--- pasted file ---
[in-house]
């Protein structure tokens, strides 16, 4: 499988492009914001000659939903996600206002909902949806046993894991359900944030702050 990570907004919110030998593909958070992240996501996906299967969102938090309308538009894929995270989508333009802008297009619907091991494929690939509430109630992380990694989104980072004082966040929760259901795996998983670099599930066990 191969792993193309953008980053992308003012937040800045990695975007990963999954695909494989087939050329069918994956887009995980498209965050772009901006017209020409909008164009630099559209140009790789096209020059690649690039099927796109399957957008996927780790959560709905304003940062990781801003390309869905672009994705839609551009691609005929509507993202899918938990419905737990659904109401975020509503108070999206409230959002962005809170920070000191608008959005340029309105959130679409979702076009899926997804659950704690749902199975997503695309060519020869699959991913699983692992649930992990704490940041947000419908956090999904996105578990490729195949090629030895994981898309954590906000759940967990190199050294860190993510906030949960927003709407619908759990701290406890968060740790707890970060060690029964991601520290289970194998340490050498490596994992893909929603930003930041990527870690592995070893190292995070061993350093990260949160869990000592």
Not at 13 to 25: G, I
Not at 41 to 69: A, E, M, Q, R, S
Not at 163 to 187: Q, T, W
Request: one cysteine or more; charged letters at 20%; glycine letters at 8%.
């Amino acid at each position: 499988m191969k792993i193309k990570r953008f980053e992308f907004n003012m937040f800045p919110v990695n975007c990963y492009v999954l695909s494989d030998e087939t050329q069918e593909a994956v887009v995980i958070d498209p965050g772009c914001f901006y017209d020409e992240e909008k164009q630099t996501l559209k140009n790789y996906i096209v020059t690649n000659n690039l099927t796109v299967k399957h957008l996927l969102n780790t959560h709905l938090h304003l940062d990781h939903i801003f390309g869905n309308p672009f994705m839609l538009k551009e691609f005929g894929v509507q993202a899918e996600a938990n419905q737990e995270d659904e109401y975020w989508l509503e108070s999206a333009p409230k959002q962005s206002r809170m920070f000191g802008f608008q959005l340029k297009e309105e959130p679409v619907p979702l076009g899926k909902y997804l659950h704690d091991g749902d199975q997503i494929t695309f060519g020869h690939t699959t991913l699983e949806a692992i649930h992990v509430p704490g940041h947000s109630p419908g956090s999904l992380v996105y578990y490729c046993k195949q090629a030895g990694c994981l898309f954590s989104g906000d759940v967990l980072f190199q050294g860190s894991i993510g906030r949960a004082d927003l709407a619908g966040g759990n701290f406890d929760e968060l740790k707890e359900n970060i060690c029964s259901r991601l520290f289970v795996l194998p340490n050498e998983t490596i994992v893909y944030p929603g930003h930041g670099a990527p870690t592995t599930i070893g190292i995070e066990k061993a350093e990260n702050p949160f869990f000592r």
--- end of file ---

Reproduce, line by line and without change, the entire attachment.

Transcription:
[in-house]
């Protein structure tokens, strides 16, 4: 499988492009914001000659939903996600206002909902949806046993894991359900944030702050 990570907004919110030998593909958070992240996501996906299967969102938090309308538009894929995270989508333009802008297009619907091991494929690939509430109630992380990694989104980072004082966040929760259901795996998983670099599930066990 191969792993193309953008980053992308003012937040800045990695975007990963999954695909494989087939050329069918994956887009995980498209965050772009901006017209020409909008164009630099559209140009790789096209020059690649690039099927796109399957957008996927780790959560709905304003940062990781801003390309869905672009994705839609551009691609005929509507993202899918938990419905737990659904109401975020509503108070999206409230959002962005809170920070000191608008959005340029309105959130679409979702076009899926997804659950704690749902199975997503695309060519020869699959991913699983692992649930992990704490940041947000419908956090999904996105578990490729195949090629030895994981898309954590906000759940967990190199050294860190993510906030949960927003709407619908759990701290406890968060740790707890970060060690029964991601520290289970194998340490050498490596994992893909929603930003930041990527870690592995070893190292995070061993350093990260949160869990000592």
Not at 13 to 25: G, I
Not at 41 to 69: A, E, M, Q, R, S
Not at 163 to 187: Q, T, W
Request: one cysteine or more; charged letters at 20%; glycine letters at 8%.
């Amino acid at each position: 499988m191969k792993i193309k990570r953008f980053e992308f907004n003012m937040f800045p919110v990695n975007c990963y492009v999954l695909s494989d030998e087939t050329q069918e593909a994956v887009v995980i958070d498209p965050g772009c914001f901006y017209d020409e992240e909008k164009q630099t996501l559209k140009n790789y996906i096209v020059t690649n000659n690039l099927t796109v299967k399957h957008l996927l969102n780790t959560h709905l938090h304003l940062d990781h939903i801003f390309g869905n309308p672009f994705m839609l538009k551009e691609f005929g894929v509507q993202a899918e996600a938990n419905q737990e995270d659904e109401y975020w989508l509503e108070s999206a333009p409230k959002q962005s206002r809170m920070f000191g802008f608008q959005l340029k297009e309105e959130p679409v619907p979702l076009g899926k909902y997804l659950h704690d091991g749902d199975q997503i494929t695309f060519g020869h690939t699959t991913l699983e949806a692992i649930h992990v509430p704490g940041h947000s109630p419908g956090s999904l992380v996105y578990y490729c046993k195949q090629a030895g990694c994981l898309f954590s989104g906000d759940v967990l980072f190199q050294g860190s894991i993510g906030r949960a004082d927003l709407a619908g966040g759990n701290f406890d929760e968060l740790k707890e359900n970060i060690c029964s259901r991601l520290f289970v795996l194998p340490n050498e998983t490596i994992v893909y944030p929603g930003h930041g670099a990527p870690t592995t599930i070893g190292i995070e066990k061993a350093e990260n702050p949160f869990f000592r």